Judges see all types of crimes and criminals during their time on the bench. At times they get creative with sentencing if they see a specific need that may be fulfilled by the court’s ruling. Court-ordered Bible study is going too far. This crosses a line that seems inappropriate and out of line.
Cassandra Belle Tolley, 28, pleaded guilty to drunken driving. Tolley was given an eight-year sentence to be followed by five years probation as well as substance abuse counseling. Her sentence did not end there, however, because Circuit Court Judge Michael Nettles also sentences Tolley to read the Book of Job from the Old Testament and submit a report on what she read.
The Charlotte Observer reports, “Similar sentences have raised constitutional concerns, but Tolley’s case is special. ‘Under normal circumstances, the judge wouldn’t have the authority to do that,’ said Kenneth Gaines, a University of South Carolina professor of law specializing in civil and criminal litigation. ‘You can’t just arbitrarily add anything you want to a sentence. But if she consented, it’s really not an issue. It’s critical that the defendant was in entire agreement with it.” This is a rare type of sentence, according to legal experts.
Amy Sikora, the public defender assigned to Tolley’s case, has stated that Tolley was thankful for the assignment and she has already begun working on it. Sikora also reported that Tolley had been a victim of abuse as a child from a family member who had poured gasoline on her when she was 11-years-old before setting her on fire. Tolley has clearly visible scars from being burned on her face. Sikora said that Tolley had turned to alcohol following years of repeated abuse.
On Nov. 12, 2011, Tolley was driving in the wrong lane and she was intoxicated. The York County solicitor’s office reported her blood alcohol was over four times the legal limit at 0.333.
The Charlotte Observer reports, “In prepared statements read in court, the victims said the injuries have dramatically altered their lives. One of the men can’t sit for more than an hour at a time. Rods and screws were surgically implanted to support his spinal column. He relies on family to care for him. The other man has undergone six surgeries and could lose his left foot.”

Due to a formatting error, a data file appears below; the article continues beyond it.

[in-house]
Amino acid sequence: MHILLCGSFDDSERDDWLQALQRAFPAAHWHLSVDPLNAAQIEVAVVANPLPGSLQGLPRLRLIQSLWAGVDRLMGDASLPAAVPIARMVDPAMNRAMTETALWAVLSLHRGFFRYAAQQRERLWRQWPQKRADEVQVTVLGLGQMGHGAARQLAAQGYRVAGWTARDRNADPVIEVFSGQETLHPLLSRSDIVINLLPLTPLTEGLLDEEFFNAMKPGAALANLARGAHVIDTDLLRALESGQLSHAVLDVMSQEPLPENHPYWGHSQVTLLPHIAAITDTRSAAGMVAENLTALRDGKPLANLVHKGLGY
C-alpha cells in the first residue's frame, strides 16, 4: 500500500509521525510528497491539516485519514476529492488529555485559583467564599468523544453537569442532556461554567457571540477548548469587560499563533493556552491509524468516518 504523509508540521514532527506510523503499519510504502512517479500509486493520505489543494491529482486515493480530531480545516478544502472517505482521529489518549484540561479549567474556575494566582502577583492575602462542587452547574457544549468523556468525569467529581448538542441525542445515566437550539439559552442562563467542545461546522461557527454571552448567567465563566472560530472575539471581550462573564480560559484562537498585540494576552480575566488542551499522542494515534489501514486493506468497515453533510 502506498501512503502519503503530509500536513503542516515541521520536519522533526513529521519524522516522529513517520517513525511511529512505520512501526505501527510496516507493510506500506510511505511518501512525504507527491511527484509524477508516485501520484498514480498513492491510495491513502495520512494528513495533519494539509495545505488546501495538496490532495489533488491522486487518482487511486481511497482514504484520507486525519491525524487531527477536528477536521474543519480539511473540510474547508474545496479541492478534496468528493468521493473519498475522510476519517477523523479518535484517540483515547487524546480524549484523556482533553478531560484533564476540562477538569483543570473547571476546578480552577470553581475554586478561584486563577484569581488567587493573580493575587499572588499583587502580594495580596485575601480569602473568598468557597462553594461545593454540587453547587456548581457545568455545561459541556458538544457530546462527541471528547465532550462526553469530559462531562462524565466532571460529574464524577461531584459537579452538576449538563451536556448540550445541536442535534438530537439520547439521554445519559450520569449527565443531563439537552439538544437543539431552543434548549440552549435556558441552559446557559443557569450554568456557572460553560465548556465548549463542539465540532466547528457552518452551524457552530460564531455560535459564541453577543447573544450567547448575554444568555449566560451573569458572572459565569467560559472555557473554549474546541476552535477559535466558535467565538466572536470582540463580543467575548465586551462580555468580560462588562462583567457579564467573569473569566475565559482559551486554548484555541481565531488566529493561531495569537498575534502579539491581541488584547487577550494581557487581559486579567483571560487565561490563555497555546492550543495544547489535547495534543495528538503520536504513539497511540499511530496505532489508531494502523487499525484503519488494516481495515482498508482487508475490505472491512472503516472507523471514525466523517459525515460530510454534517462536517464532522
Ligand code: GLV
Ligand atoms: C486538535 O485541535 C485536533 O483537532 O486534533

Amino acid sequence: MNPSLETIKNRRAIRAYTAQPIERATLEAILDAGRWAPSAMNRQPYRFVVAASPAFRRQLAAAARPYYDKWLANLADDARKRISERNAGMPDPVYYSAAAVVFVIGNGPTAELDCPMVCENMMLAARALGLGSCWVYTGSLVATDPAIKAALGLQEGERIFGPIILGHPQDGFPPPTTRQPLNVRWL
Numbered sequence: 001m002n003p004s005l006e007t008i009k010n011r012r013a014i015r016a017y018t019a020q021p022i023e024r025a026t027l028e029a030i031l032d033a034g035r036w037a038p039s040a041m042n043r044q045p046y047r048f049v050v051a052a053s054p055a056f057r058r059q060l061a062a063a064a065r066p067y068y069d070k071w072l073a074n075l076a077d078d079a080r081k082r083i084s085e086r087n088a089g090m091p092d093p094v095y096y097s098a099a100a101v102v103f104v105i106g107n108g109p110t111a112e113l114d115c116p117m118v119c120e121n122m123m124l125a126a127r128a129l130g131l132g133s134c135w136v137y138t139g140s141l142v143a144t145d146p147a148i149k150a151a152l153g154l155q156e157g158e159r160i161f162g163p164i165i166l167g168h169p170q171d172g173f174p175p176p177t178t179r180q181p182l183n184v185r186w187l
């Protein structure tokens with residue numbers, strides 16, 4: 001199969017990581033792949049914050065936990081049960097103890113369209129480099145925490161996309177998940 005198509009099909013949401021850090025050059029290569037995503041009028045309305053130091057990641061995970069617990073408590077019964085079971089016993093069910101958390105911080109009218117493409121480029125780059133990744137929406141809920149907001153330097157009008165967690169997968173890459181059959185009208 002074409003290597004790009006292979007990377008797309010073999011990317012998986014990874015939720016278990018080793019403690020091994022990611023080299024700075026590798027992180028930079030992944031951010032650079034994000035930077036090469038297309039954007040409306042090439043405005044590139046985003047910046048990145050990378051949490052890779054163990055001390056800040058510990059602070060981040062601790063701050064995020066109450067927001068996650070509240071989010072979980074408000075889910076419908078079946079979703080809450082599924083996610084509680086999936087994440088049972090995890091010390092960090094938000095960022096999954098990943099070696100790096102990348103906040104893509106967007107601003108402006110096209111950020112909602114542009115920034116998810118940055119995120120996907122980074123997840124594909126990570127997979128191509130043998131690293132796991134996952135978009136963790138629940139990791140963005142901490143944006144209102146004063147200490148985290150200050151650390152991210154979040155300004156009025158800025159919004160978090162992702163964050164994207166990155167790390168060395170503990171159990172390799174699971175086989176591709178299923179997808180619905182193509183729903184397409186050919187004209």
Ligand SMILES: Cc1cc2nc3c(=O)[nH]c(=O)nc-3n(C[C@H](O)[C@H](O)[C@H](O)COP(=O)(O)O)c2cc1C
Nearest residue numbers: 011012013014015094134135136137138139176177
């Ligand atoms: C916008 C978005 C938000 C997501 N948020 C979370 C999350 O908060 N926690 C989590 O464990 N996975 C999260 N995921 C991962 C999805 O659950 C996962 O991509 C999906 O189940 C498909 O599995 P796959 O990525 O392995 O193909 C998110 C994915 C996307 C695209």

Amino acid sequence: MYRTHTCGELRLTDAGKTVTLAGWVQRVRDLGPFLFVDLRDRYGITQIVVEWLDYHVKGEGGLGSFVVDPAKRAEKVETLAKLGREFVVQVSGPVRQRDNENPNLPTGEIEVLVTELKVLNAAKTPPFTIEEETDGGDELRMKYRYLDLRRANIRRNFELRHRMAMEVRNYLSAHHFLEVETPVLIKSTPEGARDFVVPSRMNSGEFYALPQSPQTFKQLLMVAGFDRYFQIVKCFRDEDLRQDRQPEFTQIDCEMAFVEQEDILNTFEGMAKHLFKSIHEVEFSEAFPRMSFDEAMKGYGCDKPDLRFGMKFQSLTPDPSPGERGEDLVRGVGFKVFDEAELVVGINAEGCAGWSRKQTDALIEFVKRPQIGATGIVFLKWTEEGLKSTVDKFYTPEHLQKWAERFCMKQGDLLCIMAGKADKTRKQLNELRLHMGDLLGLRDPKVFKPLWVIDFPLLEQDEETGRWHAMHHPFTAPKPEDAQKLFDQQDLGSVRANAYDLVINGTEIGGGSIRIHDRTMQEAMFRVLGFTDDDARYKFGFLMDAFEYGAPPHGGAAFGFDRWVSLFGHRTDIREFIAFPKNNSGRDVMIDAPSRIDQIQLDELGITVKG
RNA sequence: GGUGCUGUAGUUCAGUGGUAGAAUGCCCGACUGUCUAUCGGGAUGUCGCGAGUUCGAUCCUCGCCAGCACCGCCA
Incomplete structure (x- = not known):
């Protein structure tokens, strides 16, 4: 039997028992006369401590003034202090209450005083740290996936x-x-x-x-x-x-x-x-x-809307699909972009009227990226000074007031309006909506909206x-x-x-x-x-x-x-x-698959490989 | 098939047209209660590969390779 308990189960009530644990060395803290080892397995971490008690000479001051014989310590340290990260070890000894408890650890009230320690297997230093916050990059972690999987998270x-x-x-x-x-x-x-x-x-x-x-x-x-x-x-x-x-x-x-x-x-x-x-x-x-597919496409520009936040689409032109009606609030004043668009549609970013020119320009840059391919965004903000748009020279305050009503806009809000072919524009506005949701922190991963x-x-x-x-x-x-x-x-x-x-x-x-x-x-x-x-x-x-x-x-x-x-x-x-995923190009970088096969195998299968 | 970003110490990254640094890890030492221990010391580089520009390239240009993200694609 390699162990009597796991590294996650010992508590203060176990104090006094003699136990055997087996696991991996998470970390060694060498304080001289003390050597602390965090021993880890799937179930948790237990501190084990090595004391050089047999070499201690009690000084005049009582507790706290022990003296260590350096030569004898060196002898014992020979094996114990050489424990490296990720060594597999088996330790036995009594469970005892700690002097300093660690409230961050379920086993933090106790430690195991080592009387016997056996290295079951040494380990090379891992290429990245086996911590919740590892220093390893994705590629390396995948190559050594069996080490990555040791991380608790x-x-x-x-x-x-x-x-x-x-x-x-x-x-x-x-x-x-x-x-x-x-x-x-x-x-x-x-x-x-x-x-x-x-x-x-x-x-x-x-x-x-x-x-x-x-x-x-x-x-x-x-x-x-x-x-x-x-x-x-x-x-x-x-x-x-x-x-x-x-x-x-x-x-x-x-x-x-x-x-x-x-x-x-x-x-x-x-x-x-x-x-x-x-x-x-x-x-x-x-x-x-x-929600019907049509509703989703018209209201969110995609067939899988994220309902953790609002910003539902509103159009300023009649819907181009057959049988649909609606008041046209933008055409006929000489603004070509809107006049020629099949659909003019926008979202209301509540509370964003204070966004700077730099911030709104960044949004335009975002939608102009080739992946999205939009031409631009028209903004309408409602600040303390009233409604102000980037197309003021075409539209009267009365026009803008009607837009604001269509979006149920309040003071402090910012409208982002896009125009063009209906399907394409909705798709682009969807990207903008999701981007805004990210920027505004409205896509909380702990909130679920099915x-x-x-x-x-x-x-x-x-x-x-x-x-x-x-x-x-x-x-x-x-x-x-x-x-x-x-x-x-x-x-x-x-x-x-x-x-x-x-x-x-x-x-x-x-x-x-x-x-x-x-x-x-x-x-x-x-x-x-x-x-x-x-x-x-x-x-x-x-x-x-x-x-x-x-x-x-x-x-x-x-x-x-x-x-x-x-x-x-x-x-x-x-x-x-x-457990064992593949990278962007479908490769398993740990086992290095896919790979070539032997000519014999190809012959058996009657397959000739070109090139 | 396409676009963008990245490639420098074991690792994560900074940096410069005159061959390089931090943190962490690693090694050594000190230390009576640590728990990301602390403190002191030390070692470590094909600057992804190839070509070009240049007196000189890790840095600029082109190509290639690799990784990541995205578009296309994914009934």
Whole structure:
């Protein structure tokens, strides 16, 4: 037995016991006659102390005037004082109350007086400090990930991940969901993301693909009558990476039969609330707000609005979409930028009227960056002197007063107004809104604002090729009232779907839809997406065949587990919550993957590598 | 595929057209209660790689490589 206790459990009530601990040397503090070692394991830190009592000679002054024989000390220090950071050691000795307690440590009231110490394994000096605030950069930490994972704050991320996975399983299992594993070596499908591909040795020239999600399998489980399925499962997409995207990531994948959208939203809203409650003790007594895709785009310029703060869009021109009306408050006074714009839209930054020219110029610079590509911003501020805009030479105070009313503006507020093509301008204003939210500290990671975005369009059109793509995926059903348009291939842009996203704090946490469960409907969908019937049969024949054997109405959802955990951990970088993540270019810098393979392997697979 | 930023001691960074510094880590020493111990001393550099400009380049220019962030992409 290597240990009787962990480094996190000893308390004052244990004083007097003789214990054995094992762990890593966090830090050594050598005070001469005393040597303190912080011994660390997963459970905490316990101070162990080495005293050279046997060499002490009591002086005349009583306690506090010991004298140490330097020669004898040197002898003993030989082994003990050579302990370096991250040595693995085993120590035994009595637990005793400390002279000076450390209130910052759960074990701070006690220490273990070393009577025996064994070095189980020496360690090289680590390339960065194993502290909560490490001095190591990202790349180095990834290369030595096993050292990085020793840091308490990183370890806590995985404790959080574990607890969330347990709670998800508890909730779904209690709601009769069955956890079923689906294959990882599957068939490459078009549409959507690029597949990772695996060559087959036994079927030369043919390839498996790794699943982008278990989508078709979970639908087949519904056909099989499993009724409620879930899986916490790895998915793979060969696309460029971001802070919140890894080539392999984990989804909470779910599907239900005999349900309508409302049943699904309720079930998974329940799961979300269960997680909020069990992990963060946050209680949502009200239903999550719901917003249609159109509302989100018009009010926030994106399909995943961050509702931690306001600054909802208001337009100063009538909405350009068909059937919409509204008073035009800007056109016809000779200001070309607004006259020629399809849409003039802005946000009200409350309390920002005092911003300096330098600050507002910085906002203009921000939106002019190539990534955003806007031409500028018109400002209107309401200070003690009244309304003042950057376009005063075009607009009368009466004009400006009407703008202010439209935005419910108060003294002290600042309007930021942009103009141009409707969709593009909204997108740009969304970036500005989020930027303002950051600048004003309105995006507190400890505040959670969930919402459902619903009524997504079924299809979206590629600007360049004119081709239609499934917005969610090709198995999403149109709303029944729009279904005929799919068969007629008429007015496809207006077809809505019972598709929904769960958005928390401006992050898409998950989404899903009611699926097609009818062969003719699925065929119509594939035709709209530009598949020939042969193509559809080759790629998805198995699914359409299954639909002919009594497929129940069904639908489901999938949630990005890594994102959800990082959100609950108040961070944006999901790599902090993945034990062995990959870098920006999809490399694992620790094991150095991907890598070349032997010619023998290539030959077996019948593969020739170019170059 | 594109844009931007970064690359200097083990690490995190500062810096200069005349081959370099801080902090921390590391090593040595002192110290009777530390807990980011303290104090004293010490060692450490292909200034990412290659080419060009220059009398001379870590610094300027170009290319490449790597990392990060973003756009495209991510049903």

The Herald Online reports, “The charge Tolley pleaded guilty to, felony driving under the influence causing great bodily injury carries a maximum punishment of 15 years in jail. Jack Swerling, a Columbia defense lawyer who has been trying cases for 40 years, said he hasn’t witnessed a ruling quite like this one. Swerling isn’t connected to Tolley’s case, but he said he has argued cases before Nettles. ‘He is very well respected on both sides of the fence,’ Swerling said. ‘He enjoys a really great reputation. My feeling about Judge Nettles is, he really tries to be fair.’ Given Tolley’s background, the ruling ‘is entirely appropriate,’ Swerling said. ‘It’s pretty clever and creative.”
Although some may support this sentencing, others are opposed. Think Progress reports, “Tolley undoubtedly deserved a stiff sentence, but sentencing someone to a religious activity clearly violates the Constitution’s ban on laws ‘respecting an establishment of religion.’ As conservative Justice explained in Lee v. Weisman, ‘[i]t is beyond dispute that, at a minimum, the Constitution guarantees that government may not coerce anyone to support or participate in religion or its exercise.”
Regardless of the situation, religion has no place in the court room.
For more information about Conservative extremism, click here: http://www.allvoices.com/contributed-new